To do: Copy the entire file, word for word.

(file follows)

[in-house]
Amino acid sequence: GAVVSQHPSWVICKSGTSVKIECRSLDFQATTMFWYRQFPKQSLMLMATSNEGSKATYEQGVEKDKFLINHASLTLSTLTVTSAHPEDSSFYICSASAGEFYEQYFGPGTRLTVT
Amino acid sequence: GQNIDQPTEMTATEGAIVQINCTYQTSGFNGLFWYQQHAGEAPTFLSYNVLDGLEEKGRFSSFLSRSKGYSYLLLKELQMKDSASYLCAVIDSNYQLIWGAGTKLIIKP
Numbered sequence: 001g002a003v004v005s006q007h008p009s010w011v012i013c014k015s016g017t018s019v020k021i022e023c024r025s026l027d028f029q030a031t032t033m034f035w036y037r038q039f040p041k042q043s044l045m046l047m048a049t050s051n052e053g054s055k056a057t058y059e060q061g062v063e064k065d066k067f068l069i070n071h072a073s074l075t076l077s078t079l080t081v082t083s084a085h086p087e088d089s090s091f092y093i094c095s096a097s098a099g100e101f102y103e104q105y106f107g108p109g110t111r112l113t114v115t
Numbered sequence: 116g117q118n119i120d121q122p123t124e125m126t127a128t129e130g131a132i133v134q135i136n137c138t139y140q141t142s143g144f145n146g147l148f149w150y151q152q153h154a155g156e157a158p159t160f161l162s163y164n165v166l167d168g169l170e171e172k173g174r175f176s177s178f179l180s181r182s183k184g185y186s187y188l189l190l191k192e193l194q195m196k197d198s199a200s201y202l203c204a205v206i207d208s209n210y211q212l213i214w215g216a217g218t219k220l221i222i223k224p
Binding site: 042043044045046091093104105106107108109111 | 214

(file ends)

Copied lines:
[in-house]
Amino acid sequence: GAVVSQHPSWVICKSGTSVKIECRSLDFQATTMFWYRQFPKQSLMLMATSNEGSKATYEQGVEKDKFLINHASLTLSTLTVTSAHPEDSSFYICSASAGEFYEQYFGPGTRLTVT
Amino acid sequence: GQNIDQPTEMTATEGAIVQINCTYQTSGFNGLFWYQQHAGEAPTFLSYNVLDGLEEKGRFSSFLSRSKGYSYLLLKELQMKDSASYLCAVIDSNYQLIWGAGTKLIIKP
Numbered sequence: 001g002a003v004v005s006q007h008p009s010w011v012i013c014k015s016g017t018s019v020k021i022e023c024r025s026l027d028f029q030a031t032t033m034f035w036y037r038q039f040p041k042q043s044l045m046l047m048a049t050s051n052e053g054s055k056a057t058y059e060q061g062v063e064k065d066k067f068l069i070n071h072a073s074l075t076l077s078t079l080t081v082t083s084a085h086p087e088d089s090s091f092y093i094c095s096a097s098a099g100e101f102y103e104q105y106f107g108p109g110t111r112l113t114v115t
Numbered sequence: 116g117q118n119i120d121q122p123t124e125m126t127a128t129e130g131a132i133v134q135i136n137c138t139y140q141t142s143g144f145n146g147l148f149w150y151q152q153h154a155g156e157a158p159t160f161l162s163y164n165v166l167d168g169l170e171e172k173g174r175f176s177s178f179l180s181r182s183k184g185y186s187y188l189l190l191k192e193l194q195m196k197d198s199a200s201y202l203c204a205v206i207d208s209n210y211q212l213i214w215g216a217g218t219k220l221i222i223k224p
Binding site: 042043044045046091093104105106107108109111 | 214